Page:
How to add perceived value to your product

It can be very, very difficult to build your confidence and asks for what your products are worth in the market. Especially if you’re just starting out and you’ve convinced yourself that reputation is value. It can be a big influence on how product is positioned but if you have the courage to ask for what a product is worth, you won’t have a lot of trouble making sales as long as you follow the elements that I’m going to detail here today.



“Or what are you doing to make them think that way about you?”


Let’s talk about some ways to boost the perceived value of your products and quit a stronger position, whether you’re on WarriorForum, JV, or any other crowded marketplace for information products.


Your Sales Page is Golden

Your sales page is incredibly important, copy that’s clear, that’s well written, that showcases the real value of what you have to offer.


I had a friend ask me for critique of a sales page that he’d written that discusses niche research.


I clicked it expecting to be able to criticize his headlines, his sub-headlines, and his art only to find that the site was completely busted, had a bright blue background, broken tables, really thick old school table borders that you might have seen from a Geocities website back in 1998, really ugly safe here. Your design doesn’t need to be amazing, it just needs to be solid and professional, that means covering the basics, a clear and attractive headline, bullet points to break up your part to make it readable, sub-headers that work like miniature headlines and continually grab the attention of skimmers, and a page that is reasonably free of grammatical errors.


I say reasonably because even though there are plenty of grammar hounds that will utterly convince themselves, they can judge you, your intelligence and the importance of your product by how many spelling errors they can find on the sales page, the facts are that your spelling isn’t as important as the strength of your offer.


Now, what does that mean? That means that your sales copy should convince the reader that your product is different from the other products that they have come around that are similar. It should explain what they’re situation is and take them on a journey from being alone and frustrated and not having a solution to really having that solution and feeling the emotional lift is going to come when their problem is gone. If you don’t know, it makes you different from the norm chances are you didn’t put a lot of thought into designing your product.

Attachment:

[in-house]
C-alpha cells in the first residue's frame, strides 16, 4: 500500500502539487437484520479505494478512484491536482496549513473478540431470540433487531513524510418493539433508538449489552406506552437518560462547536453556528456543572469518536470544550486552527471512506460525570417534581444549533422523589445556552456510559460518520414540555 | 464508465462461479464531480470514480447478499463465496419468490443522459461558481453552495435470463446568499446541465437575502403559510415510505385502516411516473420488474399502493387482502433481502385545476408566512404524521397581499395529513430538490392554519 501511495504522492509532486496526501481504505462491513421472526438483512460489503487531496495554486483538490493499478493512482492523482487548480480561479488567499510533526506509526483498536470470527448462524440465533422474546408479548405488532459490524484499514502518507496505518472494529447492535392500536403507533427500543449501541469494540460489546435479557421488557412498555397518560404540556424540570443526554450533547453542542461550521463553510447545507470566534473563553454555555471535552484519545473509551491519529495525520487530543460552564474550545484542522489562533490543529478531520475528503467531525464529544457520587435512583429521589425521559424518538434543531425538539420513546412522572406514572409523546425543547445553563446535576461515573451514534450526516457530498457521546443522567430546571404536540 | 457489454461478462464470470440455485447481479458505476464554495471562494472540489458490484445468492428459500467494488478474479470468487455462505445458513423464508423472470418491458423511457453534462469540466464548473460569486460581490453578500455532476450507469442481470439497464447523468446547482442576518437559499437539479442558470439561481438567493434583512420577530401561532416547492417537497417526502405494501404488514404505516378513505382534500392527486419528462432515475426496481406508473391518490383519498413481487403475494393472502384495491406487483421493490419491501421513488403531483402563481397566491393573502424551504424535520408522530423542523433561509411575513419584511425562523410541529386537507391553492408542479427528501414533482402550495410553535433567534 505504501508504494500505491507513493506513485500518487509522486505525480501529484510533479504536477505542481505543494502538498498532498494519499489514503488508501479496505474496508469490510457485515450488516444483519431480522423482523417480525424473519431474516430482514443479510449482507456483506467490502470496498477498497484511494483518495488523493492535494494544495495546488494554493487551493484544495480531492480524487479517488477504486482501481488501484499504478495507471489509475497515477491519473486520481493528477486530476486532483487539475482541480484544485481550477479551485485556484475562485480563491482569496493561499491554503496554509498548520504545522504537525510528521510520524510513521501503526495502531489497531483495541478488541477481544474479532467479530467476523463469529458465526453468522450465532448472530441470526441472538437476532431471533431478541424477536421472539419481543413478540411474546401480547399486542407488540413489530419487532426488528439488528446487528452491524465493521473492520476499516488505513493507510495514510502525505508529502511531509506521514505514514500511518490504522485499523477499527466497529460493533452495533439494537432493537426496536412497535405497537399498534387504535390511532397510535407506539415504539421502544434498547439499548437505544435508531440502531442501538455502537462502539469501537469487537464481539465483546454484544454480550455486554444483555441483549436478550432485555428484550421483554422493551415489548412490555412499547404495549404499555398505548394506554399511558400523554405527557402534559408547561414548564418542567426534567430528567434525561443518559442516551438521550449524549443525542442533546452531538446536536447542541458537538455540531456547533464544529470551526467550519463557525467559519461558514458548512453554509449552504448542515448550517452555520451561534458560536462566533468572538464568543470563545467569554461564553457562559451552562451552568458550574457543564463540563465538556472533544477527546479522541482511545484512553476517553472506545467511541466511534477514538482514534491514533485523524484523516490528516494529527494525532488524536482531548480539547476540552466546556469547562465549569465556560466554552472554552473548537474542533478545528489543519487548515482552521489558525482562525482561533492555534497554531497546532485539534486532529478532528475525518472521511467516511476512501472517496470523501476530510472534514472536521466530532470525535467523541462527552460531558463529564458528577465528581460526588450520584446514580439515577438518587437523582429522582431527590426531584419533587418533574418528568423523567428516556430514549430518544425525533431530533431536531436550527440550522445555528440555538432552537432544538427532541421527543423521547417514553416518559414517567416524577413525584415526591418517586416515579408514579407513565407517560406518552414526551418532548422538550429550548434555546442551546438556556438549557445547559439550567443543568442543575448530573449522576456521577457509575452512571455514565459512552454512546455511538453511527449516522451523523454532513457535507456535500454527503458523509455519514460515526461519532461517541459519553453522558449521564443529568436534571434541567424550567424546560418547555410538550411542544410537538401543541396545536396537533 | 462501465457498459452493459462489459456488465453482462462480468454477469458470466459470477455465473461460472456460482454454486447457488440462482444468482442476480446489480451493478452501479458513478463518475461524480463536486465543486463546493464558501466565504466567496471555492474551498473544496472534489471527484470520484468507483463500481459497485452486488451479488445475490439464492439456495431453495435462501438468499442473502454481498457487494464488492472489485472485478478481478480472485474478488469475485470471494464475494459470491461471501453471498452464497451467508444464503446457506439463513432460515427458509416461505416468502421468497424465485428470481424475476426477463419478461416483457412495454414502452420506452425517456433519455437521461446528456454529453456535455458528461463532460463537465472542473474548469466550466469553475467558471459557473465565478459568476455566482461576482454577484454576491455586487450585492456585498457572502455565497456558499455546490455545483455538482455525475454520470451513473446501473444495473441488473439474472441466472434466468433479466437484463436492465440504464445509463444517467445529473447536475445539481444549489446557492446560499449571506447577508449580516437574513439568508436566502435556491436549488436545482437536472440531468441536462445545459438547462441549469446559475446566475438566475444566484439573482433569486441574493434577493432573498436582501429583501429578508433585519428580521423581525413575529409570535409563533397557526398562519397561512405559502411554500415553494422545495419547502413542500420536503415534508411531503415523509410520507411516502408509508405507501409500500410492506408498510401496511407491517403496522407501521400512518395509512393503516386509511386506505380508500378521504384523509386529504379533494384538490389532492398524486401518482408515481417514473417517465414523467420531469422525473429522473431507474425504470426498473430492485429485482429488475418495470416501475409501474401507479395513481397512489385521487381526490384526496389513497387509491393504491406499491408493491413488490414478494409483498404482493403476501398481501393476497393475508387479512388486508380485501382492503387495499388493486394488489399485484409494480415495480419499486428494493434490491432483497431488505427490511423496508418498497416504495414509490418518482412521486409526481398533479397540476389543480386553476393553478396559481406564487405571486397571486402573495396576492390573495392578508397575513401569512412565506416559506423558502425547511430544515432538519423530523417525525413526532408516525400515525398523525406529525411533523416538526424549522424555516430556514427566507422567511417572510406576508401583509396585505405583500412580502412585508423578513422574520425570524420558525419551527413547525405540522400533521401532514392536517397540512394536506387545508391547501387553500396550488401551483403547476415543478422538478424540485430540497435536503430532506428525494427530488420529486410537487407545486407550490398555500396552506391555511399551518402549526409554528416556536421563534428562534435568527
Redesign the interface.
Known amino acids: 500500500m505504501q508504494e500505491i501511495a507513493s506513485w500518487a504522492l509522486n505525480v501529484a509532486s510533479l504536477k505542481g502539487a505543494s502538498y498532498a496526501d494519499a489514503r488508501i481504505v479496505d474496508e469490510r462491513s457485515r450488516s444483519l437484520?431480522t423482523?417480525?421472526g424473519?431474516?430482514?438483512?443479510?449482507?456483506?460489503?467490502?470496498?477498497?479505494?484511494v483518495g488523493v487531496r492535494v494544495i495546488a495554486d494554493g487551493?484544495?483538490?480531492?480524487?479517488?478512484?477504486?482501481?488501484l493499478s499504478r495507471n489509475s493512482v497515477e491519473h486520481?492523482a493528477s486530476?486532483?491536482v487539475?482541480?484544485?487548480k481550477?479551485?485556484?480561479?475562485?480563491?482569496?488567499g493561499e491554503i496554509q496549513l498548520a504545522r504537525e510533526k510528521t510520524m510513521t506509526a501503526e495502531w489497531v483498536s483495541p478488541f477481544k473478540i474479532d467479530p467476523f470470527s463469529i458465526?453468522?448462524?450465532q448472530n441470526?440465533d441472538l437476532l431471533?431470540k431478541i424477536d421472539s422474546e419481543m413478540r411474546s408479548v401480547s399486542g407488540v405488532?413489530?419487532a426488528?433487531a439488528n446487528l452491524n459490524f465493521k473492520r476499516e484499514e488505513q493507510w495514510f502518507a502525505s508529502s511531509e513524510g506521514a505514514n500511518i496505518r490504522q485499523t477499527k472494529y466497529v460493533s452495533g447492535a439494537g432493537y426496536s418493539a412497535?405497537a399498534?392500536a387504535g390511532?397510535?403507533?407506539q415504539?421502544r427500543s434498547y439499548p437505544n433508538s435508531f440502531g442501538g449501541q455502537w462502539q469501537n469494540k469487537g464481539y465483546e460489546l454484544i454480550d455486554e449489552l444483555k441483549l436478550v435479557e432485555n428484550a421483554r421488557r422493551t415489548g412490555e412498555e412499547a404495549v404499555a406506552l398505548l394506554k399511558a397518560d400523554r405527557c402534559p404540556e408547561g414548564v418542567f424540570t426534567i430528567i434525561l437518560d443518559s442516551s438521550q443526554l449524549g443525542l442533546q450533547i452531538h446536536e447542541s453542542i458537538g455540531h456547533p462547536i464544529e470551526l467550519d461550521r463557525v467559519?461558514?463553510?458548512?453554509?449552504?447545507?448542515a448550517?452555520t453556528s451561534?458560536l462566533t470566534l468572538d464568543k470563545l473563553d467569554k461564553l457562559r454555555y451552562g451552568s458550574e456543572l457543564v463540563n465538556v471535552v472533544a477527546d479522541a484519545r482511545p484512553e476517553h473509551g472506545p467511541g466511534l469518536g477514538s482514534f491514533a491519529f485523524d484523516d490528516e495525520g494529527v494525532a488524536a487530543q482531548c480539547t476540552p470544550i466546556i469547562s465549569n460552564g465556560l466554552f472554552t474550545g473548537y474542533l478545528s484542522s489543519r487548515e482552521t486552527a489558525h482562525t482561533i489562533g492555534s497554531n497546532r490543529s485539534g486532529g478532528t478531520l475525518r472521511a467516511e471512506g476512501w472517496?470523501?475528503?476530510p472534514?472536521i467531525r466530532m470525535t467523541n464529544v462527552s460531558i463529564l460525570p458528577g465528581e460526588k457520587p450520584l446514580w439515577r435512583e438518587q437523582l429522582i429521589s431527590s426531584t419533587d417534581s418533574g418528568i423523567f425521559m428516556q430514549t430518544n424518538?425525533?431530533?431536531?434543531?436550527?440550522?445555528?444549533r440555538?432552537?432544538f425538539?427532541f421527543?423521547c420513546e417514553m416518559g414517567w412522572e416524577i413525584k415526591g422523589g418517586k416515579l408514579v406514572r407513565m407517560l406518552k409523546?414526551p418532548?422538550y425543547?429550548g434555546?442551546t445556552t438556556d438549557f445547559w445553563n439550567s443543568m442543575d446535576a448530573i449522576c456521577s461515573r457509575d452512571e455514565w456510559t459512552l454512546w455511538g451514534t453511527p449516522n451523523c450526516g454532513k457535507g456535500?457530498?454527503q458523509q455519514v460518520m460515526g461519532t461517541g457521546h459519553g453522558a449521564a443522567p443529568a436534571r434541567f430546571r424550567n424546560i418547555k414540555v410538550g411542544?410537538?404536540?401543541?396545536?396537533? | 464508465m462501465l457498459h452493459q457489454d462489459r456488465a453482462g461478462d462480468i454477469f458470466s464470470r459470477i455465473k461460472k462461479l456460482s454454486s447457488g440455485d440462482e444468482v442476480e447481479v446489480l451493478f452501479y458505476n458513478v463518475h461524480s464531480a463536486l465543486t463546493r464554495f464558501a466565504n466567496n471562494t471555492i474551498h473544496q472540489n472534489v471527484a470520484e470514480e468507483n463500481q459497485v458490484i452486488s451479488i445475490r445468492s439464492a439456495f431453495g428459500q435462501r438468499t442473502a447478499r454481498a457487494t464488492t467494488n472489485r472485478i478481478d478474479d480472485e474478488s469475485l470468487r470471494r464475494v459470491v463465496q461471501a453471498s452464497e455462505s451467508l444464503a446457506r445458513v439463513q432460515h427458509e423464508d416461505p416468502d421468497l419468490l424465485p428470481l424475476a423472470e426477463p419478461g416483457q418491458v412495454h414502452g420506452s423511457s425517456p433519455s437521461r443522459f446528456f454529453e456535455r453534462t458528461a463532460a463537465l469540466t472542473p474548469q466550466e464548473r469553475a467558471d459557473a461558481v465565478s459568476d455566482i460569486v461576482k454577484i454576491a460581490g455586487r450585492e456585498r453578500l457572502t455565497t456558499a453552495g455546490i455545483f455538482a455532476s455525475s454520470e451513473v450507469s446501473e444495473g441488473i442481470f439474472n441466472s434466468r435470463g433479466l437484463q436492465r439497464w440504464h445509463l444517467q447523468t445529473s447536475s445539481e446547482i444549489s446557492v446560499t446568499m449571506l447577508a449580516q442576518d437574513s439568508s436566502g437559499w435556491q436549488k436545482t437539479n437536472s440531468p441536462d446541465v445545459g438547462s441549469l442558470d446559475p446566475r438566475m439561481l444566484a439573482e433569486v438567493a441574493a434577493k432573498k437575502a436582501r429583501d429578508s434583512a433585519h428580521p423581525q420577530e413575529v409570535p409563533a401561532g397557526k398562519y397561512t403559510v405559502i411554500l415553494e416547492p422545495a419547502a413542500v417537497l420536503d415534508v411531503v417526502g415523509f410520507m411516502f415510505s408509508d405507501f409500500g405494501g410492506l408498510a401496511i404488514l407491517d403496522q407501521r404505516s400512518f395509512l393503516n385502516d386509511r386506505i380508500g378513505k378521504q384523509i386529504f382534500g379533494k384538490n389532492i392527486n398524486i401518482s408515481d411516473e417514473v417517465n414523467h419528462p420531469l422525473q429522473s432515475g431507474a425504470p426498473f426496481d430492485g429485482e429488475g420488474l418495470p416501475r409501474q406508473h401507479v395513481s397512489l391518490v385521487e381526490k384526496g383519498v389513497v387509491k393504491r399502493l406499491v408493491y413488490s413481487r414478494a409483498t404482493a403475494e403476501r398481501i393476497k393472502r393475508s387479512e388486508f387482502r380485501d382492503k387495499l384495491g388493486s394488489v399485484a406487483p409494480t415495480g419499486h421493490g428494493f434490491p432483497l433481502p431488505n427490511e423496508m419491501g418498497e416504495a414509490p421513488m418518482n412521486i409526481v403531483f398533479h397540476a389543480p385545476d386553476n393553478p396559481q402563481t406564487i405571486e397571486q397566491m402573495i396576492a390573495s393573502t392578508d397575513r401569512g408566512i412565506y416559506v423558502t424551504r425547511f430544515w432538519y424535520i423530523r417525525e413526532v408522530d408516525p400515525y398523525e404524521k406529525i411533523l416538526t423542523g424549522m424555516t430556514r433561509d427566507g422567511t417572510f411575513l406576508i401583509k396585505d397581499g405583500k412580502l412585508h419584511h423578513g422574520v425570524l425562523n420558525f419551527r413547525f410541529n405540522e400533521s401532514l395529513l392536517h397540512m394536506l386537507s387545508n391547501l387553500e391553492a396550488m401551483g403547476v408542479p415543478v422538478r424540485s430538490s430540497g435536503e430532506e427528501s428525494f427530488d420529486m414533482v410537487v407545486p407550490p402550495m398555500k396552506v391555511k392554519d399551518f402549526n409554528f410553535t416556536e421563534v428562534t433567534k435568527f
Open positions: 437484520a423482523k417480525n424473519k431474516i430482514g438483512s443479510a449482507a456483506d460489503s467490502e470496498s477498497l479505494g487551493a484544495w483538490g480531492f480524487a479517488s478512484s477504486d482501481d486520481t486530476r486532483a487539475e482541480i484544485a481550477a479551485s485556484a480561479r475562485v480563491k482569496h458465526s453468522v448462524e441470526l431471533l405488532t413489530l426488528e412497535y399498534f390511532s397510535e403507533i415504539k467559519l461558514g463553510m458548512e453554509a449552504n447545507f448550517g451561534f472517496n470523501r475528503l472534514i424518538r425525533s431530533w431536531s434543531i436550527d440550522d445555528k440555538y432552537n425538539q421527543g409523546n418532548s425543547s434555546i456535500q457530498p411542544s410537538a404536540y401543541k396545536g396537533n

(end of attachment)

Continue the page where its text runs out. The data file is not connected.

The Importance of Customer Care



Jake was promptly booted off the next day for not replacing bagels in the pantry


You should work to eliminate customer risk. This doesn’t just mean a fancy guarantee that lasts for 60 days or 30 days whatever how long it is. This means providing contact information so that customers can talk to you or talks to a support desk if they run into questions. It also means really clearly outlining what’s inside the package. For every customer that asks about how long a video is or how many videos are in a series, or how long a book is, there are a dozen customers who have wanted that and decide it is not even worth asking and completely walk away from potentially giving you a sale.


The idea here is that you want your sales page to be a form of support. You want your sales page to be a form of support all by itself. That means making what you have to offer very clear. You can also make your offer in different formats. For example, if you’ve written a book, isn’t that much harder to record a video, like mp3s, create a mind map, make interactive checklist, all that seems like fluff book, it’s a way to widen the possible net of your sales because it gives the customer the chance to experience your content in whichever way they feel comfortable with.


Make IT Count


The next way to add value to your product is with intelligent bonuses. Think about supplemental information that might go into more depth or be a broader overview than your original content may be. For example, if you have an e-book on how to win at the casinos, you might want a more detailed book on Texas Hold’em as a possible bonus.


You can also look at previous products that you’ve product especially if you’re making something high tech, are there other more in depth ways that they can learn from you. For example, if you have a Webinar, private forum, and question and answer session, all of these are good bonuses because they play to customer’s fears that they might be missing out on some important information. If they can interact with you directly and get their questions answer, if you’ve convince them of your expertise personally, then it makes it more like that they can rely on you and they’ll be more likely to trust you.


No matter what, you cannot allow yourself to get intimidated, add value to your products and charge what they really worth. This will give you higher conversions, more sales and a happier marketing experience.


  1. Very good article! Perceived value is a slippery slope sometimes and I have seen many marketers get carried away with it and end up unsuccessful. Eliminating customer risk is a very good piece of advice. 🙂

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